Magazines: I Ain’t No Hollaback Girl—Street Harassment in CLEO.


I recently moved to Kensington, on the west side of Melbourne, from Richmond.

I’ve been out of the house only a few times since then, jogging, going to the supermarket, train station etc., and I’ve already been honked at twice.

I haven’t been honked at for awhile. I think the last time was in Craigieburn (an outer suburb north west of Melbourne) when I was going to the dentist. Or maybe it was back in my hometown in country Victoria.

It was about 6:30am on a summer morning so it was already quite light and I wanted to get my jog out of the way before it got too hot. There’s a lake near my mum’s house, and there were ducks all over the bridge. There weren’t many people around—pedestrians or drivers—but some hoon came around the corner, saw me jogging, and decided to show off, revving his car. I looked back because he was heading in the direction of the lake, but he must have thought I was looking back at him, which only encouraged his sophomoric antics, and he sped off, right into the congregation of ducks. After he was gone, I went back to see if he’d hit any. He had. With such velocity that the body of the duck was on one side of the bridge; its sack of internal organs on the other.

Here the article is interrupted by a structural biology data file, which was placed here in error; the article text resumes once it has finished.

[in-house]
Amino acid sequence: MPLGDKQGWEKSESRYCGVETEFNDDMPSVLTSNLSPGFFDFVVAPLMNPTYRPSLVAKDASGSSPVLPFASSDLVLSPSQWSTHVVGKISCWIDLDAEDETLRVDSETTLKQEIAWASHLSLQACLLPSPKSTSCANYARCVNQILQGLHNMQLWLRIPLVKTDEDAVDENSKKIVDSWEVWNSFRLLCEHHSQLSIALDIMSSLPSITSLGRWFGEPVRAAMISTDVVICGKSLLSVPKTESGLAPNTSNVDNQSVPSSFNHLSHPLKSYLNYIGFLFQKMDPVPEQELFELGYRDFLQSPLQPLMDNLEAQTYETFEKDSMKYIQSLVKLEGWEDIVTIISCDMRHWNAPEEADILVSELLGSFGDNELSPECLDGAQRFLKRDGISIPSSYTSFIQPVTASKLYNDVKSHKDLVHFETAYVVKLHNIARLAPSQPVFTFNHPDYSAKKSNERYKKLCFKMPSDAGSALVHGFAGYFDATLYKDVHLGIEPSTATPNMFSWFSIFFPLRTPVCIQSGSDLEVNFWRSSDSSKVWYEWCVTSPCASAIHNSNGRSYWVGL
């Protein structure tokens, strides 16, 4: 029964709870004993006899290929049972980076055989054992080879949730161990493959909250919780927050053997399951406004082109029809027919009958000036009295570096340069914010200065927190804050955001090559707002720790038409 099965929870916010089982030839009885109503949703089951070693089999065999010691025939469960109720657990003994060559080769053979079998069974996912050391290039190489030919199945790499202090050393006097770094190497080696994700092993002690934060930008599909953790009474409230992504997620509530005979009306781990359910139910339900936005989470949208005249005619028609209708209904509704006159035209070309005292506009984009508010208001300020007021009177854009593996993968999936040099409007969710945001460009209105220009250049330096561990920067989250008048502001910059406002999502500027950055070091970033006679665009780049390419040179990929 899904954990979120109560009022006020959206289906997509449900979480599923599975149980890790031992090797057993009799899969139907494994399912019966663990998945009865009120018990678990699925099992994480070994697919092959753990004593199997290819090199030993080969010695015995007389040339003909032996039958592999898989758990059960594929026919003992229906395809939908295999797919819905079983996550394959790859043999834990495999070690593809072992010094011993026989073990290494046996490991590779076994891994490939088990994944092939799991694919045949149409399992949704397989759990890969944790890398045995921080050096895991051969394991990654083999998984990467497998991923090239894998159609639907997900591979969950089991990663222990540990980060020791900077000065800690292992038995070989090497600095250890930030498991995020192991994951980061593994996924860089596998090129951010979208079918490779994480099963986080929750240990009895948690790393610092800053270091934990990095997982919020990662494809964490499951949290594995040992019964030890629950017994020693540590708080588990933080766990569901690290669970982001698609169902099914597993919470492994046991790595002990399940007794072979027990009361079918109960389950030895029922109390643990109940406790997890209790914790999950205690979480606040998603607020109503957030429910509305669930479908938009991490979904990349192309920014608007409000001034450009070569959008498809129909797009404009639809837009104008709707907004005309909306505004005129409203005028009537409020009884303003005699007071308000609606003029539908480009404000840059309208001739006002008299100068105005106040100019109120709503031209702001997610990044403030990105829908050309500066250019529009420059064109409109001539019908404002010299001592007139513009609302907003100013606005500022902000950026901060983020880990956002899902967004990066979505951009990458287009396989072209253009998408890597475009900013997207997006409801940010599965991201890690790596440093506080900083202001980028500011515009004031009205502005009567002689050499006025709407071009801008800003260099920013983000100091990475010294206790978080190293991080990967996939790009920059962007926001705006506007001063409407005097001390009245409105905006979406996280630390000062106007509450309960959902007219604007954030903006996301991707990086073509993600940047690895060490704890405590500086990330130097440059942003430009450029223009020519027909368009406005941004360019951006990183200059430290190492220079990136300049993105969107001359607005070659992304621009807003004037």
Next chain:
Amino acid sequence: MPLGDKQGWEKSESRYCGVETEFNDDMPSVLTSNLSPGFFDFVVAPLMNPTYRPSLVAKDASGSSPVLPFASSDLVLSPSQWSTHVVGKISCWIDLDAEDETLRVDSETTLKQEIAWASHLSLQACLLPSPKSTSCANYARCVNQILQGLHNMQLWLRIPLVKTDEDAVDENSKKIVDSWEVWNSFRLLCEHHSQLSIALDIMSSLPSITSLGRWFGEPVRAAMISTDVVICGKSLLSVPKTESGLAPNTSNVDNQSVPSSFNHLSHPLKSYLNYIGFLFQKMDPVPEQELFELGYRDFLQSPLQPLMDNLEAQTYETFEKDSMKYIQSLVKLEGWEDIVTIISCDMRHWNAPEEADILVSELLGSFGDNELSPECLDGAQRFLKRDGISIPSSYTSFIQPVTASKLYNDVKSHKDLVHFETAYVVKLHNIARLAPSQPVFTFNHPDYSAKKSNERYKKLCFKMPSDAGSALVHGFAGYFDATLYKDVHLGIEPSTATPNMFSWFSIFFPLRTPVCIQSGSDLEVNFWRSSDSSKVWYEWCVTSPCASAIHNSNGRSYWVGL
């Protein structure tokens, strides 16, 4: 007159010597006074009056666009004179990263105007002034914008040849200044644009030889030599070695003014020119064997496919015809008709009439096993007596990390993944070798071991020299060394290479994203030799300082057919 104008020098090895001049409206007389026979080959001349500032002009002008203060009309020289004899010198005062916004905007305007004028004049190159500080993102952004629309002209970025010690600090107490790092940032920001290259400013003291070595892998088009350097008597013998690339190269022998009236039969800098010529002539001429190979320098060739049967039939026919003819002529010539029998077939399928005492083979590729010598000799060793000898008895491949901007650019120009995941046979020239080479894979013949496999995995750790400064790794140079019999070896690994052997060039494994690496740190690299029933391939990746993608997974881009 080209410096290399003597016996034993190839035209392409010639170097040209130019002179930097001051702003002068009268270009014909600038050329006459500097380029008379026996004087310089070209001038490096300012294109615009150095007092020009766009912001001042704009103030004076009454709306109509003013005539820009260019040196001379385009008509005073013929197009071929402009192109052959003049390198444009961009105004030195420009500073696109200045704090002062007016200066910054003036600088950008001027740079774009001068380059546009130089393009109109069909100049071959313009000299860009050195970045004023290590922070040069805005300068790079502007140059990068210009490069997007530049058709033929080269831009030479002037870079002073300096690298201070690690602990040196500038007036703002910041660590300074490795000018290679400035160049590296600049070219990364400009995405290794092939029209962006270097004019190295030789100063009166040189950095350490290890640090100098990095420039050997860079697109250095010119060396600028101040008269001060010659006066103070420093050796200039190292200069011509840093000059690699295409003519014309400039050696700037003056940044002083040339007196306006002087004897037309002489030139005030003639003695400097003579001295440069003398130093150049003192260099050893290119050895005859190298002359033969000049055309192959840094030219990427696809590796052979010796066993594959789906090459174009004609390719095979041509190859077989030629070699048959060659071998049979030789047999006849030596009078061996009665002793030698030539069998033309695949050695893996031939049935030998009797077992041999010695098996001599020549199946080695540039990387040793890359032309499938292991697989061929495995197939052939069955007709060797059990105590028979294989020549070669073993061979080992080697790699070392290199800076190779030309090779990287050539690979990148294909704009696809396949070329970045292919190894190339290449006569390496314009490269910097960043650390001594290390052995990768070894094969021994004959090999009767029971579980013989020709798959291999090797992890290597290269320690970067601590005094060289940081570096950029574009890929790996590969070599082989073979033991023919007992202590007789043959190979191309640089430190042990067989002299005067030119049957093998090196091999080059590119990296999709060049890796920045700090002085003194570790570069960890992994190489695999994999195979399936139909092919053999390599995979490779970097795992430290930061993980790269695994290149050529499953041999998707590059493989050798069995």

Street harassment is not only juvenile and sexist, but a danger to animals, too!

CLEO’s latest issue has a feature on this very phenomenon.

It runs with the premise of the website Hollaback, which got its start in New York City in 2005, and charts areas where women most experience street harassment. You can also upload photos of offenders, who are monitored for repeat indiscretions.

The article, by deputy features editor Rebecca Whish, also asks if kicking up a stink over street harassment is “an overreaction”. According to 12% of CLEO readers polled, they feel flattered when yelled or honked at on the street.

While I don’t feel offended when men leer, honk or yell at me (with the exception of animal endangerment and pure objectification by friends/coworkers), I don’t particularly see it as a compliment either. The type of guys who do these things aren’t the type I’m seeking compliments from. If anything, it’s more about having the right to go about your daily business without being harassed while doing it.

Is that too much to ask?

Related: Will Boys Be Boys When it Comes to Objectifying Women?

Elsewhere: [Hollaback] Homepage.